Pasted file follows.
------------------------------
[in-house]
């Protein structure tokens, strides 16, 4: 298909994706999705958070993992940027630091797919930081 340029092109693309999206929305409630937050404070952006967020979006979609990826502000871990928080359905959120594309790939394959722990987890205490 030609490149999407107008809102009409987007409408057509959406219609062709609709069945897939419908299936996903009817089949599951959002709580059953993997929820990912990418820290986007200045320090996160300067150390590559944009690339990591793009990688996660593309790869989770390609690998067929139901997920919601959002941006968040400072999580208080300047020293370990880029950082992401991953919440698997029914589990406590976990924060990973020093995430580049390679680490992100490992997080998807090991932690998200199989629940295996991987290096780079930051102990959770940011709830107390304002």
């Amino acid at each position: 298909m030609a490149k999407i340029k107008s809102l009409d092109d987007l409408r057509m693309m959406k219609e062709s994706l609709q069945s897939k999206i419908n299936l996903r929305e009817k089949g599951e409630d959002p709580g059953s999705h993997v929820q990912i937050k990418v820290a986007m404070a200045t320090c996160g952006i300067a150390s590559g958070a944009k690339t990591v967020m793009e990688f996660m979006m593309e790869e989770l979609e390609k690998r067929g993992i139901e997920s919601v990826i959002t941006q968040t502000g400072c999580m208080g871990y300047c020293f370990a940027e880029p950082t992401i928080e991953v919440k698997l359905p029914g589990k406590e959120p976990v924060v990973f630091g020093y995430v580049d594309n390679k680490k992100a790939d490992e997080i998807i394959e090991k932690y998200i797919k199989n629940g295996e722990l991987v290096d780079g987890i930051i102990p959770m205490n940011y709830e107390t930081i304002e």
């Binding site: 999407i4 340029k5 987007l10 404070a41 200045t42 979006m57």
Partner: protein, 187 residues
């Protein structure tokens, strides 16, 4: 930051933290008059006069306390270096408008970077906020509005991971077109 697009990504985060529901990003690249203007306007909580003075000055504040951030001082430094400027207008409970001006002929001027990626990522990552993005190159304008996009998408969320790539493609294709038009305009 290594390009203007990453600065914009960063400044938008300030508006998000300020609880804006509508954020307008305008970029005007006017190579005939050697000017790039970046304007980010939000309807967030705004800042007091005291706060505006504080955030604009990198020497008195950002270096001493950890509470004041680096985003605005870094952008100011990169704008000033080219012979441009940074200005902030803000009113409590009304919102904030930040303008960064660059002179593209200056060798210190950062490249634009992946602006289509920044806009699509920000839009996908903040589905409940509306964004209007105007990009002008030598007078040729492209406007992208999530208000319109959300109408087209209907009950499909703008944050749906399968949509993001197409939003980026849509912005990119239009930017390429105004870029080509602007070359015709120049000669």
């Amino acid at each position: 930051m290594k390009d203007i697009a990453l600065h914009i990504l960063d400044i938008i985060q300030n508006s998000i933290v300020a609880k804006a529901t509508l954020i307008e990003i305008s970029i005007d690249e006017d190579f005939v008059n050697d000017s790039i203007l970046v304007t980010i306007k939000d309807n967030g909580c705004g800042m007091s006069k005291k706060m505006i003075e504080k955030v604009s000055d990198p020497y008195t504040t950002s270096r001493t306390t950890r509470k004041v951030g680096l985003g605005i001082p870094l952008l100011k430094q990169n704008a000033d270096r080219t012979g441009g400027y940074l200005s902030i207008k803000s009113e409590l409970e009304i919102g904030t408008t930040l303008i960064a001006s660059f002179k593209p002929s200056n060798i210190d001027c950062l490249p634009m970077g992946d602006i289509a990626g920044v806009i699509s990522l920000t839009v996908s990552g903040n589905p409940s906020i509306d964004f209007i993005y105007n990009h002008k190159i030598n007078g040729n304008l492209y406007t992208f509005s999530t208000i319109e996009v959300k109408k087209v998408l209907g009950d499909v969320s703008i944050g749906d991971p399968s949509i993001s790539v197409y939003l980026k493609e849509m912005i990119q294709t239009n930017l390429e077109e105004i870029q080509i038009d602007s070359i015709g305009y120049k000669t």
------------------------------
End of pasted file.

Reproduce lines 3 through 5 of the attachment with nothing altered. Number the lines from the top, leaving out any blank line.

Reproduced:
């Amino acid at each position: 298909m030609a490149k999407i340029k107008s809102l009409d092109d987007l409408r057509m693309m959406k219609e062709s994706l609709q069945s897939k999206i419908n299936l996903r929305e009817k089949g599951e409630d959002p709580g059953s999705h993997v929820q990912i937050k990418v820290a986007m404070a200045t320090c996160g952006i300067a150390s590559g958070a944009k690339t990591v967020m793009e990688f996660m979006m593309e790869e989770l979609e390609k690998r067929g993992i139901e997920s919601v990826i959002t941006q968040t502000g400072c999580m208080g871990y300047c020293f370990a940027e880029p950082t992401i928080e991953v919440k698997l359905p029914g589990k406590e959120p976990v924060v990973f630091g020093y995430v580049d594309n390679k680490k992100a790939d490992e997080i998807i394959e090991k932690y998200i797919k199989n629940g295996e722990l991987v290096d780079g987890i930051i102990p959770m205490n940011y709830e107390t930081i304002e």
């Binding site: 999407i4 340029k5 987007l10 404070a41 200045t42 979006m57």
Partner: protein, 187 residues